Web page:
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I’m writing this because there was no other organization beside my fraternity that held a higher place in my heart during my undergraduate years at Ball State than the Student Government. It was a great honor to be entrusted by my fellow Cardinals to be their president. At times the job was stressful, and others it felt like floating on cloud nine. Before the academic term starts and the student body returns to campus, I think it’s time I gave SGA some tough love and hold the leadership accountable.

We all know the situation with John Schnatter (aka Papa John) has blown up and has had a direct impact to the university due to his relationship with Ball State. There is just one thing that concerns me more than Schnatter’s use of the “N-word:” your lack of leadership toward these events.

On Wednesday, July 18, around 7:26 p.m. I reached out to the SGA Vice President to get a sense of what SGA was going to say. Now after uproar on social media about the Board’s decision to stand by Schnatter, SGA saw it convenient to issue a statement condemning Schnatter and disagree with the Board of Trustees. I find it hard to believe that this current executive board truly feels that way after my initial contact with one of their members. This executive board needs to be held accountable and the student body deserves to know how their elected leadership didn’t feel it urgent to comment on Schnatter’s remarks immediately for themselves, but waited until it seemed publicly convenient.

I’m going to paint a picture for you and I hope it’s clear as day. Two years ago, as I was coming into office, I had a great team beside me as an executive board. During the campaign, there were talk that we might win because the head of the ticket had two minorities. Well we proved them wrong. Ana and I brought our life experiences with us to office to provide some understanding to events and concerns that students of color have had for years. During the summer of 2016 our society had two events that impacted the LGBTQ+ and the black communities with the shooting at the nightclub Pulse in Orlando and the shooting of Philando Castile. Though these events took place hundreds of miles away, we knew it affected members of the student body. We then decided to put out a press release on both instances. We reached out to the leaders of the Big 4, our Cabinet, and others (by means of text, social media, email, you name it) and conveyed student concerns to the administration so that it could best serve the student body as they returned to campus. Our actions weren’t much, but it meant a lot to many who were grateful for their student body to show they were listening and were going to be leaders for them. We didn’t have to wait until it was convenient to issue out a statement on something we knew was wrong.

Fast forward to today. An event has taken place over the summer, this time though it directly impacts Ball State than Pulse and Philando Castile did, and yet it took the student government just as much time as the university to finally address.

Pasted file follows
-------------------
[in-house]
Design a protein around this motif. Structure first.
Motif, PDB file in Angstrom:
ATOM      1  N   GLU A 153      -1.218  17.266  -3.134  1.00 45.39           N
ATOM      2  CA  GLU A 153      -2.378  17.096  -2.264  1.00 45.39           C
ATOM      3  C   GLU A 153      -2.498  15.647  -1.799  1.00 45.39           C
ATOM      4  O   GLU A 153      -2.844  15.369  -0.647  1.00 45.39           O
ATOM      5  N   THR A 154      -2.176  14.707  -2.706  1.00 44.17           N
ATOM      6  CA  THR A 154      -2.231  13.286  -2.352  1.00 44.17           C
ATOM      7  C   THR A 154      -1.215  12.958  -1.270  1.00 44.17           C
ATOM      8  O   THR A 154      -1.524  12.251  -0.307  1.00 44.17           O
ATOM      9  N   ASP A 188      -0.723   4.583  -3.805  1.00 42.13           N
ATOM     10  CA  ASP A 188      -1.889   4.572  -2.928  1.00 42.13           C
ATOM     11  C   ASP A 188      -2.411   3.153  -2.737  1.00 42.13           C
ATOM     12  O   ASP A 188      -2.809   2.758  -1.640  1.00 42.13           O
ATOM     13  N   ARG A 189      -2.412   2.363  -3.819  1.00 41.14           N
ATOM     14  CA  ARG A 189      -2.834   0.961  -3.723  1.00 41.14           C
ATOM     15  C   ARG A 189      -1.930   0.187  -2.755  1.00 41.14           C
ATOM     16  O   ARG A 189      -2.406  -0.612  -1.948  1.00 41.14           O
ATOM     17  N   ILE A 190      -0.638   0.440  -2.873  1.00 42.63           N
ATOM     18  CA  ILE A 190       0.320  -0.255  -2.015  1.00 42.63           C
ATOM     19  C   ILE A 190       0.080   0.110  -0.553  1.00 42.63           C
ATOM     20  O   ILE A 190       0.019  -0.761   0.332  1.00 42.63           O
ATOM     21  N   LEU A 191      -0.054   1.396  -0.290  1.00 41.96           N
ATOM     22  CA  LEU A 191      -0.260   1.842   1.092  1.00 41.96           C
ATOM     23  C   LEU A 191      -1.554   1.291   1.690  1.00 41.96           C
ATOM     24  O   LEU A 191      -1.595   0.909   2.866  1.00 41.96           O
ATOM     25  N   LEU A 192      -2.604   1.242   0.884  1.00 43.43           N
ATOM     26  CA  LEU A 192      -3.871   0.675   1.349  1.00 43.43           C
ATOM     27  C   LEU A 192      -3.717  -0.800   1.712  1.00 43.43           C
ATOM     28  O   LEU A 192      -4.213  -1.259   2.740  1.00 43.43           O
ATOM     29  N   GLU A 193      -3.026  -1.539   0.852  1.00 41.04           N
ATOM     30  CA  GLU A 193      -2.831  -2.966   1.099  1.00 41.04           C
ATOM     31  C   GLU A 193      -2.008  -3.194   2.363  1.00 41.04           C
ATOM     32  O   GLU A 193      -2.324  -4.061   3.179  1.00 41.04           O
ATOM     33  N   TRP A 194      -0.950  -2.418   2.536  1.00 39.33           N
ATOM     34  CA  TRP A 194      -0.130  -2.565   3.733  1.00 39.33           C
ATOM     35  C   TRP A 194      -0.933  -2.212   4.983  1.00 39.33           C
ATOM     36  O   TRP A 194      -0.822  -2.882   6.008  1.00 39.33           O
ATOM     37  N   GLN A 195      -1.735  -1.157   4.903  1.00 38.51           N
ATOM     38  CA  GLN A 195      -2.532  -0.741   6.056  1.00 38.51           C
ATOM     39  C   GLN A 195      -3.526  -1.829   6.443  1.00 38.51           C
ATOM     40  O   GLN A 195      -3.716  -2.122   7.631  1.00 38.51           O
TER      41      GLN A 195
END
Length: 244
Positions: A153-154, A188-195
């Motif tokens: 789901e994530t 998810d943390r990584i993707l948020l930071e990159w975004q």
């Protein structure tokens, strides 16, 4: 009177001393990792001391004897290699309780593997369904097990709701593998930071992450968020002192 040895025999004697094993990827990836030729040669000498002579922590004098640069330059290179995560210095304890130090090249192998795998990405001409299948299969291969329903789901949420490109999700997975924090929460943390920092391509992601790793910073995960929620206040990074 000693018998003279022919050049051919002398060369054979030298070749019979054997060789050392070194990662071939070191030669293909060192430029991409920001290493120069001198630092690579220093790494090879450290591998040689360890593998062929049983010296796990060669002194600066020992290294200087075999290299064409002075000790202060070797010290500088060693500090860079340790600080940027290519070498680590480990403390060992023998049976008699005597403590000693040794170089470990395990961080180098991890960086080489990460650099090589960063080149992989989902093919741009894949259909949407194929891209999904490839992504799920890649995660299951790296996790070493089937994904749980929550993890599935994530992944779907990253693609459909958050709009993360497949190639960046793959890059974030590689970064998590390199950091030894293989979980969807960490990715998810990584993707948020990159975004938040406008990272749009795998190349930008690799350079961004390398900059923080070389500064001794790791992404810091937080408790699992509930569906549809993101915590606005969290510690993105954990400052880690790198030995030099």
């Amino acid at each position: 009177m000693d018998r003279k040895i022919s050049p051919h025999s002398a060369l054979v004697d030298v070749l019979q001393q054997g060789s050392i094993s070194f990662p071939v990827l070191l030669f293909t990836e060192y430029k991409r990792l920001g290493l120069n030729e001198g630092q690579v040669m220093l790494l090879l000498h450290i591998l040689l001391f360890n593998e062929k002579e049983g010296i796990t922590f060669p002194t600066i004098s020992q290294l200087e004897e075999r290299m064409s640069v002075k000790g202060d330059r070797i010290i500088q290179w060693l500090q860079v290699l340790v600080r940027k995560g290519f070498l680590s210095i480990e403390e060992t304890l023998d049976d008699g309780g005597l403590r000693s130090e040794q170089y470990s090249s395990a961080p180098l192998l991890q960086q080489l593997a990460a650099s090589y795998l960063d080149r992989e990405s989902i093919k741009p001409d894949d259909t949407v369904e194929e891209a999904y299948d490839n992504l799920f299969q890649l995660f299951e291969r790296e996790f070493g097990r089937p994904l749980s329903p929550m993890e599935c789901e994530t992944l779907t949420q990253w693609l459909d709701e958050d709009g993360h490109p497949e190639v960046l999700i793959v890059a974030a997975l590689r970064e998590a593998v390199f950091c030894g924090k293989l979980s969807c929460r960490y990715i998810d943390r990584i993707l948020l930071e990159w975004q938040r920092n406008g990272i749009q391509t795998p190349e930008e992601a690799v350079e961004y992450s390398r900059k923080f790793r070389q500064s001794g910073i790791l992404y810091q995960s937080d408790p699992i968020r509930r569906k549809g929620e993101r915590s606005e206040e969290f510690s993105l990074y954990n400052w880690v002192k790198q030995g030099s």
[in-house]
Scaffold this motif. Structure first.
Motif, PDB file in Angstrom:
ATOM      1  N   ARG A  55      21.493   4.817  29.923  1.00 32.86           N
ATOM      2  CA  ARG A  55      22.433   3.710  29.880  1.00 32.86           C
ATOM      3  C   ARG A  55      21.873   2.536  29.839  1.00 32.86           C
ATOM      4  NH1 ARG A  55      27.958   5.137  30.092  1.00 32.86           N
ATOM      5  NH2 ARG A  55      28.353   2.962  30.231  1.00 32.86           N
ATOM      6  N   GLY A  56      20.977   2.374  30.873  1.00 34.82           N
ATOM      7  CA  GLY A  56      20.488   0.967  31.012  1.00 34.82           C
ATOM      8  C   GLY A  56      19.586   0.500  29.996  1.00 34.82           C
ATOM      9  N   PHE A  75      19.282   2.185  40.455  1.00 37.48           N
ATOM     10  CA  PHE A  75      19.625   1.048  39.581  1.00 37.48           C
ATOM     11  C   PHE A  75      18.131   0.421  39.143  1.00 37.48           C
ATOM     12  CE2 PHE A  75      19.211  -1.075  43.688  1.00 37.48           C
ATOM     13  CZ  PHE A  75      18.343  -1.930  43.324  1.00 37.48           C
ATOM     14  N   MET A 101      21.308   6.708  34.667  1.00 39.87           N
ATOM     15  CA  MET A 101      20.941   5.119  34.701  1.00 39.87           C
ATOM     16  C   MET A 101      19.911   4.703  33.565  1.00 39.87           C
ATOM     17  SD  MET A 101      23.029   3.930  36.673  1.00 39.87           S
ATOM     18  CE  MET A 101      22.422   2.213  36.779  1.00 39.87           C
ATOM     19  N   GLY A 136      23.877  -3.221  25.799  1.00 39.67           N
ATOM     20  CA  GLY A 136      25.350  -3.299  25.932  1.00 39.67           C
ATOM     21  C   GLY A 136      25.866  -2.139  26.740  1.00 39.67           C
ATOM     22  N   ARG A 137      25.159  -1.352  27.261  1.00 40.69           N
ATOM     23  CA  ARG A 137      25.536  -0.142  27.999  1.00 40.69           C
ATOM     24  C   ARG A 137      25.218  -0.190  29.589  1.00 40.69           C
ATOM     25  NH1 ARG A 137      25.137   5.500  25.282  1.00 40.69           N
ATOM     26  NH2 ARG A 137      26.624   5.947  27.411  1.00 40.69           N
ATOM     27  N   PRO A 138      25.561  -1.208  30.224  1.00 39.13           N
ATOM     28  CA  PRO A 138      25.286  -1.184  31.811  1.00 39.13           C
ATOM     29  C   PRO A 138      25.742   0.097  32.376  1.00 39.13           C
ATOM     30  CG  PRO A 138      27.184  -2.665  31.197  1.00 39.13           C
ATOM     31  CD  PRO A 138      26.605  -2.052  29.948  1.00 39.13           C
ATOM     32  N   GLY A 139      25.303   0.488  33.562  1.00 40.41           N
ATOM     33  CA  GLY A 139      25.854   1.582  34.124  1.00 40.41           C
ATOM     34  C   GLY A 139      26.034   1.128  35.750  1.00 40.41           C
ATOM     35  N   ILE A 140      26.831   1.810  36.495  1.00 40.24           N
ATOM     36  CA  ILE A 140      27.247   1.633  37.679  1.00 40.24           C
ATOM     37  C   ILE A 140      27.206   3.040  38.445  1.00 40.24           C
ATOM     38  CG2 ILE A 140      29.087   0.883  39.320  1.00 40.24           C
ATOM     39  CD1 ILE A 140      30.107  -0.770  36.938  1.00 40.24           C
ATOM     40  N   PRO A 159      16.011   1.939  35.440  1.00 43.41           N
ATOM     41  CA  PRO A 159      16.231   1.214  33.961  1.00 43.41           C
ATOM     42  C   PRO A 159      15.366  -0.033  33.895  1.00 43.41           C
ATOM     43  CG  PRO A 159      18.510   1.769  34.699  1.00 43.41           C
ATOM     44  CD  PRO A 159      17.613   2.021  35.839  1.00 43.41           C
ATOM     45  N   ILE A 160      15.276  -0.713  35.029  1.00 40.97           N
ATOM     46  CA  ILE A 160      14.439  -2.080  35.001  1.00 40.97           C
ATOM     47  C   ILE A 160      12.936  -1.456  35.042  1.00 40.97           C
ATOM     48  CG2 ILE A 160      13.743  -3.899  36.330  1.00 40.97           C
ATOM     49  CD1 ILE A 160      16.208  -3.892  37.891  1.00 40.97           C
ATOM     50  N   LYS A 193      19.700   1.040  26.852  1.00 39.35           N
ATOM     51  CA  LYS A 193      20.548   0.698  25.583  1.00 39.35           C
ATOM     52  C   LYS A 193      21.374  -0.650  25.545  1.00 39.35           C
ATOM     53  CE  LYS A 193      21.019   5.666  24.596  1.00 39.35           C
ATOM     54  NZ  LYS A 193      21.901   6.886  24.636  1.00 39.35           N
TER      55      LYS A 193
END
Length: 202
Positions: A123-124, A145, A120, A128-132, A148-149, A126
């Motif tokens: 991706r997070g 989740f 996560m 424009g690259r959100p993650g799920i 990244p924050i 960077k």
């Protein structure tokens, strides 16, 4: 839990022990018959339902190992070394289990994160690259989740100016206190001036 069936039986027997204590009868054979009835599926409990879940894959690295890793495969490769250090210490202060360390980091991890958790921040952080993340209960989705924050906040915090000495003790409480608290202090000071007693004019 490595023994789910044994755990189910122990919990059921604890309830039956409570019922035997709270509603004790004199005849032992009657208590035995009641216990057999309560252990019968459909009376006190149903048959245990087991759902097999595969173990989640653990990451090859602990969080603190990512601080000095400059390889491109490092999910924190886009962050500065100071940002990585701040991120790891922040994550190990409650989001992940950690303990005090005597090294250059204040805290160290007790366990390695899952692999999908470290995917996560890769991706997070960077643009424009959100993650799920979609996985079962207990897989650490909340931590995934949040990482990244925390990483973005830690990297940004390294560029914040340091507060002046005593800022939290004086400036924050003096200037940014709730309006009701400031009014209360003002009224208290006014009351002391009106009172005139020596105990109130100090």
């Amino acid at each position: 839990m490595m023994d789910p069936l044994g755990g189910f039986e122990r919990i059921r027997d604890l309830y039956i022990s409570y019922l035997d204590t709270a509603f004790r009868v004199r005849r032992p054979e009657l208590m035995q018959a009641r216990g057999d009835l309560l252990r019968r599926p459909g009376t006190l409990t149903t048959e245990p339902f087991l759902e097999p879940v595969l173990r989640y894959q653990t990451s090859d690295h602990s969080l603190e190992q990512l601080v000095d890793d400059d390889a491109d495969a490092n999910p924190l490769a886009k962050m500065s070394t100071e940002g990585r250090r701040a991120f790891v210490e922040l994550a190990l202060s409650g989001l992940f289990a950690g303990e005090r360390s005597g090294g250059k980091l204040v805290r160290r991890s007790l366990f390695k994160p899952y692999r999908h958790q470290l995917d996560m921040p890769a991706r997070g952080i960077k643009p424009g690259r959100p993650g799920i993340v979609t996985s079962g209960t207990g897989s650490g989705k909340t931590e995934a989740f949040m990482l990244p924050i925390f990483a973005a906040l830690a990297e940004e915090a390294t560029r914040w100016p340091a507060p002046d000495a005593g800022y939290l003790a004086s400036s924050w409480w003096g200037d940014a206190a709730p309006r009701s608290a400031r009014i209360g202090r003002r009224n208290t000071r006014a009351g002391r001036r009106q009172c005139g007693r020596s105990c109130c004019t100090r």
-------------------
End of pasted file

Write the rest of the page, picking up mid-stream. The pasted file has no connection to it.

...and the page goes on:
I felt an obligation to provide advice, as a former SGA President, because I saw the optics of the president and vice president (who are both white males) sending a message as if they didn’t care. That’s the sense I felt as I was brushed off with a “we’ll think about it.” What was there to think about? Schnatter said the “N-word,” the actual word and did SGA not think how it impacted black students? Newsflash, everything that happens on campus or directly impacts campus should be your concern.

I wasn’t going to go through the trouble of typing this letter up but recent events in my own life moved me to do so. This weekend I spent some time with my family before my little brother was deployed overseas. He’s a proud member of the Indiana National Guard. As my family and I sat in the gym at Decatur Middle School we couldn’t believe what took place right in front of us. A little white boy uttered out to his mother, “It smells in here. It smells like black people.” The mother quickly covered up her child’s mouth, not even bothering to correct him or even turn around to us to apologize as if we didn’t exist. Then the national anthem was played, as I STOOD there with my hand over my heart, I had to hold back tears thinking of my brother being deployed in a matter of hours to serve his country, putting his life on the line to protect the liberty of the United States and lo and behold there is this family who is basically teaching their child to think less of people of color. People of color who are still giving their life for this country. So, if it might seem that I’m ticked off … scratch that …beyond furious right now, it’s because I'll be damned if I let my brother fight for this country and it not stay true to its word “that all men are created equal.”

While I’m glad SGA has finally said something, although it’s more of a convenient reaction to me, I have to ask, do you really care? 

-James L. Wells, 2016-17 SGA President